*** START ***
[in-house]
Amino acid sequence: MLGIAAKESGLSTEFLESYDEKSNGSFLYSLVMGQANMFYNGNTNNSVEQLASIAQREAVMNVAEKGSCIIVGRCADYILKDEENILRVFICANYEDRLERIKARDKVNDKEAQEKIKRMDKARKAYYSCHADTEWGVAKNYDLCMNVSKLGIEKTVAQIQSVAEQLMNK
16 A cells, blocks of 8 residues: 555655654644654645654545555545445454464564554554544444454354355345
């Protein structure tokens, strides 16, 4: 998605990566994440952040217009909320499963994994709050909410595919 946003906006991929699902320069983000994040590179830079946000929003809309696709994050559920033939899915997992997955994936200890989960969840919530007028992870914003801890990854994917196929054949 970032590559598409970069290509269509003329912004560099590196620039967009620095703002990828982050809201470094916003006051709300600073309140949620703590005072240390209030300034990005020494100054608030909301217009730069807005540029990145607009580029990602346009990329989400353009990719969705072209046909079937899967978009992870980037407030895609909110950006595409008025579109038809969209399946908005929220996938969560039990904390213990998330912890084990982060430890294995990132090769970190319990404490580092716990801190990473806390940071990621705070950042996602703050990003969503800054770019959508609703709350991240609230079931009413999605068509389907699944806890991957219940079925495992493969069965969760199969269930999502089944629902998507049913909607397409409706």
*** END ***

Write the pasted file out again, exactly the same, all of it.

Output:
[in-house]
Amino acid sequence: MLGIAAKESGLSTEFLESYDEKSNGSFLYSLVMGQANMFYNGNTNNSVEQLASIAQREAVMNVAEKGSCIIVGRCADYILKDEENILRVFICANYEDRLERIKARDKVNDKEAQEKIKRMDKARKAYYSCHADTEWGVAKNYDLCMNVSKLGIEKTVAQIQSVAEQLMNK
16 A cells, blocks of 8 residues: 555655654644654645654545555545445454464564554554544444454354355345
């Protein structure tokens, strides 16, 4: 998605990566994440952040217009909320499963994994709050909410595919 946003906006991929699902320069983000994040590179830079946000929003809309696709994050559920033939899915997992997955994936200890989960969840919530007028992870914003801890990854994917196929054949 970032590559598409970069290509269509003329912004560099590196620039967009620095703002990828982050809201470094916003006051709300600073309140949620703590005072240390209030300034990005020494100054608030909301217009730069807005540029990145607009580029990602346009990329989400353009990719969705072209046909079937899967978009992870980037407030895609909110950006595409008025579109038809969209399946908005929220996938969560039990904390213990998330912890084990982060430890294995990132090769970190319990404490580092716990801190990473806390940071990621705070950042996602703050990003969503800054770019959508609703709350991240609230079931009413999605068509389907699944806890991957219940079925495992493969069965969760199969269930999502089944629902998507049913909607397409409706």